2 out of 5
Produced by: (?)
I can only imagine the effectiveness of this score during the actual movie, which I have not seen. With passing familiarity with director Nicolas Winding Refn‘s severe visual style, and having read reviews and descriptions of the movie, the soundtrack’s song titles – which track a break from imprisonment, only to wind up descending in to Hell – the music’s bleakness is wholly appropriate. However, that does not translate into a great standalone listening experience, with that “bleakness” akin to the most minimal, uninvolving of rumbles and distortion, making the score mostly ambient… but without enough organicness to make it effective. The A-side has some flashes of mood, but is otherwise nearly silent; the B-side begins to introduce more notable guitar / electronic flourishes, for the grinding ‘Return’ and the appropriate bell-like tonality of ‘Christians,’ though these are relatively fleeting flourishes. C-side’s ‘The Boat’ has some cheap jump scares via strings (and they’re just as cheap in music as they are in a movie), but ‘Into Hell’ is when things get interesting, building into some haunting call-and-response demonic horns and unsettling distortion. This continues over to D-side’s ‘Hell,’ and then drops us into barebones ambience again on ‘Forest.’ The end credits theme brings back in the churning guitar, making sure we’d leave the theater on a high note.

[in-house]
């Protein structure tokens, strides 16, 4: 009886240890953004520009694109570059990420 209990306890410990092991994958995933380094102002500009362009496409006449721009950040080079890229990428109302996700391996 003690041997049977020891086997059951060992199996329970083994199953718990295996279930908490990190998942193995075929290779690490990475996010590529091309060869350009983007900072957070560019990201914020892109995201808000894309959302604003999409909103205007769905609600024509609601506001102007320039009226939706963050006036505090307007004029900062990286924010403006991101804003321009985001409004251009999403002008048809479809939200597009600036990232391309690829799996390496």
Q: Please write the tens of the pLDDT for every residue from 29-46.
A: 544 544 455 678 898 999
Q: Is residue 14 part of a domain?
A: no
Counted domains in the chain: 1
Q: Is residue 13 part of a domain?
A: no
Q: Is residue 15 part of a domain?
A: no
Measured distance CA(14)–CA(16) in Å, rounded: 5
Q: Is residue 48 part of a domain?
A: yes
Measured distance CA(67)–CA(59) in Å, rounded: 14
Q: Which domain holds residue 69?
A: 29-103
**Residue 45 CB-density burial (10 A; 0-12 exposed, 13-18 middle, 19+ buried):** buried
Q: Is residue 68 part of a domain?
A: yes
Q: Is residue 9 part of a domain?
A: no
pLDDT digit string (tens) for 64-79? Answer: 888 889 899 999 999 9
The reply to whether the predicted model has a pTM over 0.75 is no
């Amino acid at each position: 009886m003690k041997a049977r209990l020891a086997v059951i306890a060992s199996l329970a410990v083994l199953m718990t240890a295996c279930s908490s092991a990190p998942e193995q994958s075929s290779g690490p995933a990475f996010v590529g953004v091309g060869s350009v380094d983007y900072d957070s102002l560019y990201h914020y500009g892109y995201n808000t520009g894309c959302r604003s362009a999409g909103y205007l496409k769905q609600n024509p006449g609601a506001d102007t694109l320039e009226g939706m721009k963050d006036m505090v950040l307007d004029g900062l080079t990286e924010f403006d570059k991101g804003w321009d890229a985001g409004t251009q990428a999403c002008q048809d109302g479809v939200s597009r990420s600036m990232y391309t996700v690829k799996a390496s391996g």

There’s undeniably craft here – it’s quiet stuff, but it’s purposeful – but it just isn’t something I can imagine listening to without accompanying visuals, excepting those tracks which stand up with emotionality of their own.